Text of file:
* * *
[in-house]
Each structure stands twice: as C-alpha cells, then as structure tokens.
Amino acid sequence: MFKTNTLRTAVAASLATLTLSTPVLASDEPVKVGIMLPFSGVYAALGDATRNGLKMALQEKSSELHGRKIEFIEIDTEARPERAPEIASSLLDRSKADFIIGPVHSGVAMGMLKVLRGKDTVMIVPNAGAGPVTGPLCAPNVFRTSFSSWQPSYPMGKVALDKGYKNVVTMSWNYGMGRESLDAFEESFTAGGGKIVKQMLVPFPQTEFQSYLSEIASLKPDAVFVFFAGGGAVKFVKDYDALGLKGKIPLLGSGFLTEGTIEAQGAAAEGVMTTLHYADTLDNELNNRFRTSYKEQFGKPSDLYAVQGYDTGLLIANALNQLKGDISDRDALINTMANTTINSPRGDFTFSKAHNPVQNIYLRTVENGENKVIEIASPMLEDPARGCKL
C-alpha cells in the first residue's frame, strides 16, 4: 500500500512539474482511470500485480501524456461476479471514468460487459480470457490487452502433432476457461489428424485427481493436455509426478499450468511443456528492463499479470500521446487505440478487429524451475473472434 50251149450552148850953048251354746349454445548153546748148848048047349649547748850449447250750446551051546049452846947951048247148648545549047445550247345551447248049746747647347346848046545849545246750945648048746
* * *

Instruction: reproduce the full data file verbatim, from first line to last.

[in-house]
Each structure stands twice: as C-alpha cells, then as structure tokens.
Amino acid sequence: MFKTNTLRTAVAASLATLTLSTPVLASDEPVKVGIMLPFSGVYAALGDATRNGLKMALQEKSSELHGRKIEFIEIDTEARPERAPEIASSLLDRSKADFIIGPVHSGVAMGMLKVLRGKDTVMIVPNAGAGPVTGPLCAPNVFRTSFSSWQPSYPMGKVALDKGYKNVVTMSWNYGMGRESLDAFEESFTAGGGKIVKQMLVPFPQTEFQSYLSEIASLKPDAVFVFFAGGGAVKFVKDYDALGLKGKIPLLGSGFLTEGTIEAQGAAAEGVMTTLHYADTLDNELNNRFRTSYKEQFGKPSDLYAVQGYDTGLLIANALNQLKGDISDRDALINTMANTTINSPRGDFTFSKAHNPVQNIYLRTVENGENKVIEIASPMLEDPARGCKL
C-alpha cells in the first residue's frame, strides 16, 4: 500500500512539474482511470500485480501524456461476479471514468460487459480470457490487452502433432476457461489428424485427481493436455509426478499450468511443456528492463499479470500521446487505440478487429524451475473472434 50251149450552148850953048251354746349454445548153546748148848048047349649547748850449447250750446551051546049452846947951048247148648545549047445550247345551447248049746747647347346848046545849545246750945648048746